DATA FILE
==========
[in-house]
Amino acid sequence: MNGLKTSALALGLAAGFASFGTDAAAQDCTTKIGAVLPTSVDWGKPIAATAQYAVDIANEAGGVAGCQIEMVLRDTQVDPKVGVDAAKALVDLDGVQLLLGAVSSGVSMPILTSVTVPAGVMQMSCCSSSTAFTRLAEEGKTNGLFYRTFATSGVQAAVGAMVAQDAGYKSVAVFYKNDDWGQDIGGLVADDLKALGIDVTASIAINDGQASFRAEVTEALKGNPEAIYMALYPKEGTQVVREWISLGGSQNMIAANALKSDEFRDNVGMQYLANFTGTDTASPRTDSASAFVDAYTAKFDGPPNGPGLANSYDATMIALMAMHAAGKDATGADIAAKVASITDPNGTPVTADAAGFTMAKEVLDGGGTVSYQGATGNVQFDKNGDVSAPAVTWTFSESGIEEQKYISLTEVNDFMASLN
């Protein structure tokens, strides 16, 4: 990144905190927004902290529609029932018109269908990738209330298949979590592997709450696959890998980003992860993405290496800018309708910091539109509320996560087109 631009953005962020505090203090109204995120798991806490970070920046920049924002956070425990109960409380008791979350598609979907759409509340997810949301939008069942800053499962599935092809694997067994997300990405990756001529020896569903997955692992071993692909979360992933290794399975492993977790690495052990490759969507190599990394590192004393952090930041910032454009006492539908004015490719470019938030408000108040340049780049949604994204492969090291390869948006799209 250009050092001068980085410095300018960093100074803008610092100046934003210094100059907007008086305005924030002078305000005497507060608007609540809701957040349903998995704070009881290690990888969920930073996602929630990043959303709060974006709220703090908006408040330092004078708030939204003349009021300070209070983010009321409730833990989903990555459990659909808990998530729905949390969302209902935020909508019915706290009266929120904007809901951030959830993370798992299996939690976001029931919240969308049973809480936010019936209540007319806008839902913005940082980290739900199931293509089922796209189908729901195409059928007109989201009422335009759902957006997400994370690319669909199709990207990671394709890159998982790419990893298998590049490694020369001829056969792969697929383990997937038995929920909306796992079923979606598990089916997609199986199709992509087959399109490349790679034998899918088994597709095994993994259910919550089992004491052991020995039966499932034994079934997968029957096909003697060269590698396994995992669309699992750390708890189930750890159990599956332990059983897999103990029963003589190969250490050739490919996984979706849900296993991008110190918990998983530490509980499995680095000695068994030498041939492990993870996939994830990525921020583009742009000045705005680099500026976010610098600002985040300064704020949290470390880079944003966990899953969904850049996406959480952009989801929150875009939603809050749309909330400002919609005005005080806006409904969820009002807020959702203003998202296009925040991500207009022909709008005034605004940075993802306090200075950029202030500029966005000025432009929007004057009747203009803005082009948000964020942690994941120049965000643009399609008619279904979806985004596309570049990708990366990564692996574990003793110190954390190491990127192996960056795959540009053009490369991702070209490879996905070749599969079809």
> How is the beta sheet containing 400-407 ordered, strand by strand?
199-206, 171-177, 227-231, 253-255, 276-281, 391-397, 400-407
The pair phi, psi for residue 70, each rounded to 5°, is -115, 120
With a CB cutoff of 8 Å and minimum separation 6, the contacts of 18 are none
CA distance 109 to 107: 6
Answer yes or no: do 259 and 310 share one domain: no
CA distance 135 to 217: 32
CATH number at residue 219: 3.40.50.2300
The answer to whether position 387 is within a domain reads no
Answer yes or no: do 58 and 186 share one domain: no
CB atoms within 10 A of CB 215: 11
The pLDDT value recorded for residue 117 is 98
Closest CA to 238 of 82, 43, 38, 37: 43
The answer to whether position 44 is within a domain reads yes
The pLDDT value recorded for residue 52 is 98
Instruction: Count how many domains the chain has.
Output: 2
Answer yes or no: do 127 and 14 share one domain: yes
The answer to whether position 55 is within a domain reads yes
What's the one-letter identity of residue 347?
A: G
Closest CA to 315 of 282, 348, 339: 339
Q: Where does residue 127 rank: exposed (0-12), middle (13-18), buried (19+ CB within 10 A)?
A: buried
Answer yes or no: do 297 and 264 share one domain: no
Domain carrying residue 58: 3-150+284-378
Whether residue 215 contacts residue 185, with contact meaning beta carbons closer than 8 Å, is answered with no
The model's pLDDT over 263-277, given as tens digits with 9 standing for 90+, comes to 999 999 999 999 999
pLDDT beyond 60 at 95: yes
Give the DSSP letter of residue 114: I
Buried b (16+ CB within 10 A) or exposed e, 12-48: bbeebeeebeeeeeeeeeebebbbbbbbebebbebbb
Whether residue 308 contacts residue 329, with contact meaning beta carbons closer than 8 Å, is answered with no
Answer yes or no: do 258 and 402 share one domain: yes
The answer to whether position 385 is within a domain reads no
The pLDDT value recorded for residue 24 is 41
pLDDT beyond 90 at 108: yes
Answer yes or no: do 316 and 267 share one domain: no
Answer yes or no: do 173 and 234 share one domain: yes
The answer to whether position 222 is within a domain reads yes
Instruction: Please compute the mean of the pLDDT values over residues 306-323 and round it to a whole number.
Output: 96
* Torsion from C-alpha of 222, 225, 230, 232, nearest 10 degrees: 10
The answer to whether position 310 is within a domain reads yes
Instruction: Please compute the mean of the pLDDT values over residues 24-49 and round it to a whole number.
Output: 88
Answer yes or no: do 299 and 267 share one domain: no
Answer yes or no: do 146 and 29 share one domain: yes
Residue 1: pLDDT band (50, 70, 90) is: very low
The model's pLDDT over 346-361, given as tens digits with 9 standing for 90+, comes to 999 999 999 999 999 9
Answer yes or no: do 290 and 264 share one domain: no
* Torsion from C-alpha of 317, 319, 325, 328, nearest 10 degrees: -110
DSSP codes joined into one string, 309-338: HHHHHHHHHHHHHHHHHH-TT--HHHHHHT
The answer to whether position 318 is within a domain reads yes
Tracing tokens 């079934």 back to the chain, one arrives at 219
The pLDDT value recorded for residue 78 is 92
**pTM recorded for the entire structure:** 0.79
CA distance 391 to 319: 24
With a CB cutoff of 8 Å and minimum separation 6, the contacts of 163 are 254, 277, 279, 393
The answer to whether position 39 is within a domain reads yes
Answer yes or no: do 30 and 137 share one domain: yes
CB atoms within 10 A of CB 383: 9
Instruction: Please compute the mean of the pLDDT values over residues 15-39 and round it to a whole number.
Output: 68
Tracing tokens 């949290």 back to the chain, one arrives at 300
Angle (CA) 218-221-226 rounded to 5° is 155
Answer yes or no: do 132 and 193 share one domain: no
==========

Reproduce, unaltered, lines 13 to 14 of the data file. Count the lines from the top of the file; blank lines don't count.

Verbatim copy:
Answer yes or no: do 58 and 186 share one domain: no
CB atoms within 10 A of CB 215: 11